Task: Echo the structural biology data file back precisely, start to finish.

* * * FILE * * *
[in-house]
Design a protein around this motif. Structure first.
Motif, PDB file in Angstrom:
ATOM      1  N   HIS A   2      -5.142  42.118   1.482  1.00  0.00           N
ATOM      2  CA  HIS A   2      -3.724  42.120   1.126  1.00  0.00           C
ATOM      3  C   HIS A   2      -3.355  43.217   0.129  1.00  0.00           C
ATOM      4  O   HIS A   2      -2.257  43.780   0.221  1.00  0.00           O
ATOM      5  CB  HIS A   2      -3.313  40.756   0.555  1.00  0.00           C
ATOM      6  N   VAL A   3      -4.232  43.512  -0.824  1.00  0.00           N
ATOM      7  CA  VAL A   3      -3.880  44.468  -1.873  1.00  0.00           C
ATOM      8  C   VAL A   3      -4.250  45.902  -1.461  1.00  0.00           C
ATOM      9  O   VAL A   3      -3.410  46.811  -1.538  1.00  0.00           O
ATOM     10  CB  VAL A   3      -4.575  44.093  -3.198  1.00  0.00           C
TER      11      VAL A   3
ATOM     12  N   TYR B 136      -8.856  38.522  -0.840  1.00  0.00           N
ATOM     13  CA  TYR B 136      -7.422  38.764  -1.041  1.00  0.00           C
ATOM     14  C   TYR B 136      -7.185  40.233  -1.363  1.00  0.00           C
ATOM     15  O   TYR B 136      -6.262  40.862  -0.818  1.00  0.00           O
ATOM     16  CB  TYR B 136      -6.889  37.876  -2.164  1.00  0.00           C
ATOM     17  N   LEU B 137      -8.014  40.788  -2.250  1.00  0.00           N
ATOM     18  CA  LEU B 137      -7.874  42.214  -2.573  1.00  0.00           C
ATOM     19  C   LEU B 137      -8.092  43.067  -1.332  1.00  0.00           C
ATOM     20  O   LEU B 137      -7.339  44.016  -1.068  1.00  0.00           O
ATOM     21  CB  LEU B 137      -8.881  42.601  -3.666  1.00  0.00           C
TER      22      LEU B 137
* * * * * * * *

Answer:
[in-house]
Design a protein around this motif. Structure first.
Motif, PDB file in Angstrom:
ATOM      1  N   HIS A   2      -5.142  42.118   1.482  1.00  0.00           N
ATOM      2  CA  HIS A   2      -3.724  42.120   1.126  1.00  0.00           C
ATOM      3  C   HIS A   2      -3.355  43.217   0.129  1.00  0.00           C
ATOM      4  O   HIS A   2      -2.257  43.780   0.221  1.00  0.00           O
ATOM      5  CB  HIS A   2      -3.313  40.756   0.555  1.00  0.00           C
ATOM      6  N   VAL A   3      -4.232  43.512  -0.824  1.00  0.00           N
ATOM      7  CA  VAL A   3      -3.880  44.468  -1.873  1.00  0.00           C
ATOM      8  C   VAL A   3      -4.250  45.902  -1.461  1.00  0.00           C
ATOM      9  O   VAL A   3      -3.410  46.811  -1.538  1.00  0.00           O
ATOM     10  CB  VAL A   3      -4.575  44.093  -3.198  1.00  0.00           C
TER      11      VAL A   3
ATOM     12  N   TYR B 136      -8.856  38.522  -0.840  1.00  0.00           N
ATOM     13  CA  TYR B 136      -7.422  38.764  -1.041  1.00  0.00           C
ATOM     14  C   TYR B 136      -7.185  40.233  -1.363  1.00  0.00           C
ATOM     15  O   TYR B 136      -6.262  40.862  -0.818  1.00  0.00           O
ATOM     16  CB  TYR B 136      -6.889  37.876  -2.164  1.00  0.00           C
ATOM     17  N   LEU B 137      -8.014  40.788  -2.250  1.00  0.00           N
ATOM     18  CA  LEU B 137      -7.874  42.214  -2.573  1.00  0.00           C
ATOM     19  C   LEU B 137      -8.092  43.067  -1.332  1.00  0.00           C
ATOM     20  O   LEU B 137      -7.339  44.016  -1.068  1.00  0.00           O
ATOM     21  CB  LEU B 137      -8.881  42.601  -3.666  1.00  0.00           C
TER      22      LEU B 137